Category Archives: Disneyland

Disneyland Park Accessibility Update January 2019

 

 

 

 

 

Quick update!

Since I last updated the guide there have been a few new updates.

  1. Dumbo:  This attraction’s queue is now fully accessible to mobility aids, both manual and motorized.  All guests enter the same queue.
  2. Matterhorn:  The queue to this attraction has been widened making it easier for mobility aids to use.
  3. The Enchanted Tiki Room: This is my favorite update!! Gone is the awkwardly small and outdoor elevator for those unable to enter via the stairs.  In the entrance area, there is now a ramp to the right of the waiting area for guests to use.  In the past, guests unable to take stairs had to exit via the elevator and back through the entrance, now they exit out the same door and down ramps into the new Tropical Hideaway.

 

 

 

 

 

 

 

 

 

 

 

How to plan the best summer vacation despite having a chronic illness

Does the thought of taking a summer vacation get you excited or does it send chills down your spine?  I loved traveling before I became chronically ill.  In addition to yearly Disneyland vacations, I loved exploring new areas in other states or within the ones that I lived in.  Weekend road trips without a destination were my favorites.

Soon after chronic pain became a part of my daily life I began to loathe traveling. It wasn’t that I didn’t want to go exploring, instead it became too painful.  Not only did my excursions increase my pain while away, it would take weeks and sometimes months to recover from them once I returned home.  Not wanting to spend most of my time recovering I opted to stop traveling.

The reason traveling was such a horrible experience for my during those early years of my chronic life was because I had attempted to travel just like I did before my illnesses.  Do you enjoy traveling? Why or why not?  Have you changed the way you plan, prepare, and go forth with your getaways?  By changing how I plan, prepare, and execute my trips I have fallen back in love with traveling.

What am I doing differently?  The most important thing I do is I plan with my illnesses in mind; I like to think of them as my invisible traveling buddies. In my post Packing for your Invisible Traveling Companions I share how I pack for each condition and how I prepare to keep them as happy as possible while away from home.   I also adjusted my expectations.  My posts Unrealistic Expectations and Realistic Expectations both offer advice on making vacation choices that work best for my body and its limitations.   Planning for and accepting that I had to pad my schedule with Vacation Downtime is another reason my traveling experiences have improved. For even more tips be sure to check out The Disabled Diva’s Top Ten Travel Tips and listen in as Shane and I discuss these topics and more in episode #3 Vacationing with a Chronic Illness on my podcast Dish’n with The Disabled Diva. And last but not least find out why I recommend Disneyland over Disney World for people with chronic conditions and where service animals are not permitted in each park.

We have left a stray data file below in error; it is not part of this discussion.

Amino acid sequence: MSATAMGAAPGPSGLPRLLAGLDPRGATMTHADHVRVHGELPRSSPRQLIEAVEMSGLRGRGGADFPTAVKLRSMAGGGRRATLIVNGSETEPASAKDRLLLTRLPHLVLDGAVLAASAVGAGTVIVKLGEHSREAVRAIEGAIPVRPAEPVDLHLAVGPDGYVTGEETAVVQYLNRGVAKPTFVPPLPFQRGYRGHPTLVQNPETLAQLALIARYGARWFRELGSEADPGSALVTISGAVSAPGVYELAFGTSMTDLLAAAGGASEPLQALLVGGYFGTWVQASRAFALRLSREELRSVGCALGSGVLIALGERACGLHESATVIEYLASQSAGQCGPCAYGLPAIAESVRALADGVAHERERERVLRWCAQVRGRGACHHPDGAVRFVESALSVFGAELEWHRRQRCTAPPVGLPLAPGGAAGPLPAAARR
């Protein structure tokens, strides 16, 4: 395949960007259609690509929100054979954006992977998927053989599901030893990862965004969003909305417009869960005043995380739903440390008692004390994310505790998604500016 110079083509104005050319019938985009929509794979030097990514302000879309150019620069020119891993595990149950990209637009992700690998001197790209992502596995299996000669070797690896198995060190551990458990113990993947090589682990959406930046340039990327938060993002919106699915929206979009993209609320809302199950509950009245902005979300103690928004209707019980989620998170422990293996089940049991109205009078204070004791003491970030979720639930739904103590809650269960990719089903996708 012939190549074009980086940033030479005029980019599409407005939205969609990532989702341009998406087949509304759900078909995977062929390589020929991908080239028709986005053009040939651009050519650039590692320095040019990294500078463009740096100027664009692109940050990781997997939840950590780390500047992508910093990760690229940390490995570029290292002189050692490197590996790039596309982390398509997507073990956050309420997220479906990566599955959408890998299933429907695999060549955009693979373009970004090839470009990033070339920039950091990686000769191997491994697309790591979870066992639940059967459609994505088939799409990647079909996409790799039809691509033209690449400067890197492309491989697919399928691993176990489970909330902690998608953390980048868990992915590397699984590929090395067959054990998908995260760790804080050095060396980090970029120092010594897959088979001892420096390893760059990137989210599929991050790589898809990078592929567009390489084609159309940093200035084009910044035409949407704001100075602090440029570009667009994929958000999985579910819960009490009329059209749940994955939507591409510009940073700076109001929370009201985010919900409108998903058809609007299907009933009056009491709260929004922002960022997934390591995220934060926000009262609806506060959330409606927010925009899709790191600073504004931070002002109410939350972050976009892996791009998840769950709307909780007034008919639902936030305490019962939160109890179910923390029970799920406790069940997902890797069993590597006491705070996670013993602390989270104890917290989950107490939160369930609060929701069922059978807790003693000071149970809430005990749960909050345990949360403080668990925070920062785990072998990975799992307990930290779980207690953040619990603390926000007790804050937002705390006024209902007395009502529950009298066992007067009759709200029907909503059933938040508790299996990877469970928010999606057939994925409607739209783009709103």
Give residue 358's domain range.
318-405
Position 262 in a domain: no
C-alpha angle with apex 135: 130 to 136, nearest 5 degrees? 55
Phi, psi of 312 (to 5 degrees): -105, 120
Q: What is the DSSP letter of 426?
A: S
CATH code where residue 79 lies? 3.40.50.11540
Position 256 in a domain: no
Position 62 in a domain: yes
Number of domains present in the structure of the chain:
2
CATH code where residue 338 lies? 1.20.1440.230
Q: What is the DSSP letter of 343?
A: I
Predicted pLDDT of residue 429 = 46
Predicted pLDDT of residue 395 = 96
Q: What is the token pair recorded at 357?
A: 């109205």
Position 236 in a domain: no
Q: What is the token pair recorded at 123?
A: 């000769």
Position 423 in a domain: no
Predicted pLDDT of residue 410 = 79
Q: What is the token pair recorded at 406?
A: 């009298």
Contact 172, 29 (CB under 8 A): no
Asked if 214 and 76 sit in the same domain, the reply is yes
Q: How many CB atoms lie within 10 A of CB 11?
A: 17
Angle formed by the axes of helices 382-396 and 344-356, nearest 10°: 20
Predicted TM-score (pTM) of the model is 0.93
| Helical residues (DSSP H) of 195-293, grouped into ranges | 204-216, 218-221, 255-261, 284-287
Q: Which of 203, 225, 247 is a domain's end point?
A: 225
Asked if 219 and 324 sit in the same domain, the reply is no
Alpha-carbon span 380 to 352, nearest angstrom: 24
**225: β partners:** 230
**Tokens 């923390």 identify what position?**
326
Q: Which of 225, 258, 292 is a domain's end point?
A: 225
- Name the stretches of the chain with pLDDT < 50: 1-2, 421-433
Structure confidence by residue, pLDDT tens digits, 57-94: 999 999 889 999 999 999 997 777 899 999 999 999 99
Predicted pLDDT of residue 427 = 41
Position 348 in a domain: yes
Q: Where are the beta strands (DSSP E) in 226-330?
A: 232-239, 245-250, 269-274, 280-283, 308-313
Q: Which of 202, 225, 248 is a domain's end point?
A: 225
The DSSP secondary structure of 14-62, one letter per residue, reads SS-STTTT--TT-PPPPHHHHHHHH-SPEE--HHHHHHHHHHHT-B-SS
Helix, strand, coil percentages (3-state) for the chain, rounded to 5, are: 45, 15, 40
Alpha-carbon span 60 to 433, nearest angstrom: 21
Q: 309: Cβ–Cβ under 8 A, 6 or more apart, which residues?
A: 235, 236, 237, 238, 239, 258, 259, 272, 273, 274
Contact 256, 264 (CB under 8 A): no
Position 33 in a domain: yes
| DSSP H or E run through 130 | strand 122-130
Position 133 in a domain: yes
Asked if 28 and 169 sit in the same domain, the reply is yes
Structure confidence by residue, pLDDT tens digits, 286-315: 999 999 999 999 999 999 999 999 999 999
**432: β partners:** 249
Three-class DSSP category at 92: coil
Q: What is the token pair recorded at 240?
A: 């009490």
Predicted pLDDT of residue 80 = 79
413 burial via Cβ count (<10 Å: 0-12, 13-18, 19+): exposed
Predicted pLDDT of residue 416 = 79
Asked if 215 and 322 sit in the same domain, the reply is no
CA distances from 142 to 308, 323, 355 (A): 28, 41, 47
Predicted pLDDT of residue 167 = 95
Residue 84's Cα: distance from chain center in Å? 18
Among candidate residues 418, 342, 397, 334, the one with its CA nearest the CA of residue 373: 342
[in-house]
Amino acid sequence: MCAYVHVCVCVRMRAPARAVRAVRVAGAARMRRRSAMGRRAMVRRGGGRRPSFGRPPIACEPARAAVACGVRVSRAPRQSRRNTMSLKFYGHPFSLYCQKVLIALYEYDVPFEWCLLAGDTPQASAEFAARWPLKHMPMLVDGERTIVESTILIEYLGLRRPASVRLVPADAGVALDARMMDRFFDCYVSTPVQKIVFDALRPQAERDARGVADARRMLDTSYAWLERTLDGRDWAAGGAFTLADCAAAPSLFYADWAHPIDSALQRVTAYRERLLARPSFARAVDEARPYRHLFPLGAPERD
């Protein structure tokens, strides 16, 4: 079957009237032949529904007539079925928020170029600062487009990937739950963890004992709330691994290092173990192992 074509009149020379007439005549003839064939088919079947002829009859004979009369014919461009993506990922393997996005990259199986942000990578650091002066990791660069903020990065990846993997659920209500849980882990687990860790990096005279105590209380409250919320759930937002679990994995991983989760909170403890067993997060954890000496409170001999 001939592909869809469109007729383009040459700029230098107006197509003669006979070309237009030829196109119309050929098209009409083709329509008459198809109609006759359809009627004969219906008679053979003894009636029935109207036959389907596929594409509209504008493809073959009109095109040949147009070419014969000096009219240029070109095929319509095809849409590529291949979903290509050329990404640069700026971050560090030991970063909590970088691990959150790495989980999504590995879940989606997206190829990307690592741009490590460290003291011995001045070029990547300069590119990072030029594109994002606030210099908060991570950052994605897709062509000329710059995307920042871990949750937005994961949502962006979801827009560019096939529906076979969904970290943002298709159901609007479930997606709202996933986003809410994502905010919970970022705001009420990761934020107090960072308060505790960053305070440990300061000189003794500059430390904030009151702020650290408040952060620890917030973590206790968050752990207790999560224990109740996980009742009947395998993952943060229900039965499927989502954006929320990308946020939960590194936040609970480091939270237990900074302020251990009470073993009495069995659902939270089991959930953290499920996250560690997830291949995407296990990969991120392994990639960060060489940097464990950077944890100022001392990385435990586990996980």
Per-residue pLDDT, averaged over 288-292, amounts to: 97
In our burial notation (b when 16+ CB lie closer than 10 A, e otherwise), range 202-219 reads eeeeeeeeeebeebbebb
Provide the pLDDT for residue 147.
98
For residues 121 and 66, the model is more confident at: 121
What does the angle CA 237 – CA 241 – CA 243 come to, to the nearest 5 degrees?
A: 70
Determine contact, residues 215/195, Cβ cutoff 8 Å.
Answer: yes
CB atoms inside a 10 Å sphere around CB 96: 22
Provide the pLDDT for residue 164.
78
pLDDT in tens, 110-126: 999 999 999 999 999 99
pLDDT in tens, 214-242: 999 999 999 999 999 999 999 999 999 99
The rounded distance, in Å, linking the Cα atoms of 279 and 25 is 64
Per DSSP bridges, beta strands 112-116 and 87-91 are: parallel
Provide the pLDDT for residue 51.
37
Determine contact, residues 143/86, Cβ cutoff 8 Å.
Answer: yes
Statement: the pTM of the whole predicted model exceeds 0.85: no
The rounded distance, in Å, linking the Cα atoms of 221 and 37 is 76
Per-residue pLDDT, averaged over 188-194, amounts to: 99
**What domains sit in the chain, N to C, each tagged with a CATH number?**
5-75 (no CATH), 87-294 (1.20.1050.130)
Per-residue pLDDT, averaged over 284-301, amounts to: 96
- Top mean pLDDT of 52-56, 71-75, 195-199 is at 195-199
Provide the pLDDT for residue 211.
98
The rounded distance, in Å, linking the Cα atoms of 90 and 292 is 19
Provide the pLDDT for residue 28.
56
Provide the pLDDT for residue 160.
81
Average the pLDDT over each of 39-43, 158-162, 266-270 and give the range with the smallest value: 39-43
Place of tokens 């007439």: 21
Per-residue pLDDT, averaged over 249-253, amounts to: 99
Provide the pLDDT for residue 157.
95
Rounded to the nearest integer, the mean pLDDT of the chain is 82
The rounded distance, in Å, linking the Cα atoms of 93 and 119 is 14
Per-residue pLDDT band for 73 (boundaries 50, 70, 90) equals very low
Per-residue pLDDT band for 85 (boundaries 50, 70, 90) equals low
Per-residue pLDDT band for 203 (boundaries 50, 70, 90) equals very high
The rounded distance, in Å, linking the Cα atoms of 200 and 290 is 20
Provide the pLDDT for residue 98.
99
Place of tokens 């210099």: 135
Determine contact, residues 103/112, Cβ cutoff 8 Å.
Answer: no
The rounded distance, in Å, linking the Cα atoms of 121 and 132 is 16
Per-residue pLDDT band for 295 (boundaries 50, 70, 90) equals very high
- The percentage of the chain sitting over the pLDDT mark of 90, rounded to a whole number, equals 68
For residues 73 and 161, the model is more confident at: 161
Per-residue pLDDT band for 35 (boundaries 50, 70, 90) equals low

Enjoy slam dunk poops no matter where you go this summer with a portable Squatty Potty!

No matter what your illness or where you are planning to go, the most important thing you can do to protect yourself is to have your most important medical information on hand.  I am giving away a downloadable Emergency Medical Information Wallet Card.  By keeping this card near your identification your traveling mates and/or emergency personnel will find your information quickly.  With a quick glance a paramedic or doctor will know what medications I am allergic to, what medications I am currently taking, my surgical history, blood type, and more.  Don’t expect your loved ones or traveling mates to remember all of your medical information during a crisis, help them out by downloading your free copy today!

Where will you go this summer?  Planning a Disneyland vacation?  If so be sure to check out my Disneyland Accessible Guide and you too will have a magical experience!

Where service dogs are prohibited at Disneyland and Disney World

Where service dogs are prohibited at Disneyland and Disney World

Dog with suitcase and passport

If you are planning a trip with your service dog to Disneyland or Disney World, you need to be aware that not all attractions permit a service animal.  This is for the safety of both the service animal and other guests.  Below is a list of attractions that do NOT allow service animals.  Besides not going on the attraction, you have two other options.  The first being that you utilize Disney’s Rider Switch service in which one person in your party stays behind with the service animal and then they ride after the rest of the party returns.  The second option is to use the park provided crates located at the boarding area of the attractions that offer them.

*Disclosure: I am not a medical professional. I am not issuing medical advice. Consult with your doctor before making any changes to your diet or treatments. This post contains affiliate links. Meaning that, at no additional cost to you, I earn a commission from purchases made through my links. These pennies fund the giveaway funds for my Facebook Groups.